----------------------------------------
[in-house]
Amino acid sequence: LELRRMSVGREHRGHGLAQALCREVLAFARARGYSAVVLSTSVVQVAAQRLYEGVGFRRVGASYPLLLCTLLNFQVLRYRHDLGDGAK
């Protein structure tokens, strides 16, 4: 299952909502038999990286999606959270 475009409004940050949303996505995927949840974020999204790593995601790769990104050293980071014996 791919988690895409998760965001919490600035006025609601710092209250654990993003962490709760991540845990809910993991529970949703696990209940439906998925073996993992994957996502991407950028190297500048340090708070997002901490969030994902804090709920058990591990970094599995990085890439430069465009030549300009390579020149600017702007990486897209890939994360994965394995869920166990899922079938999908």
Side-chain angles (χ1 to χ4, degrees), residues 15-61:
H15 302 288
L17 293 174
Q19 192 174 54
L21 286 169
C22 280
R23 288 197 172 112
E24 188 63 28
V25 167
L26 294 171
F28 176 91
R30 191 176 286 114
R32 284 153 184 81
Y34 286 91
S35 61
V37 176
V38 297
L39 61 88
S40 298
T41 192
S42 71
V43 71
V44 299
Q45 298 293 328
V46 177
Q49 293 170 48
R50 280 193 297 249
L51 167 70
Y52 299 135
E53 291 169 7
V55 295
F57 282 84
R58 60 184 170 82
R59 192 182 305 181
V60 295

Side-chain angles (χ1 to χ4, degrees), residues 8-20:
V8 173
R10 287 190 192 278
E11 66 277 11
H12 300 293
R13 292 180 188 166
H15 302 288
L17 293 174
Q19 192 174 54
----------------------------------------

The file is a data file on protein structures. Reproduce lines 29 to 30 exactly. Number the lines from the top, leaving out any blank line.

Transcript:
Q49 293 170 48
R50 280 193 297 249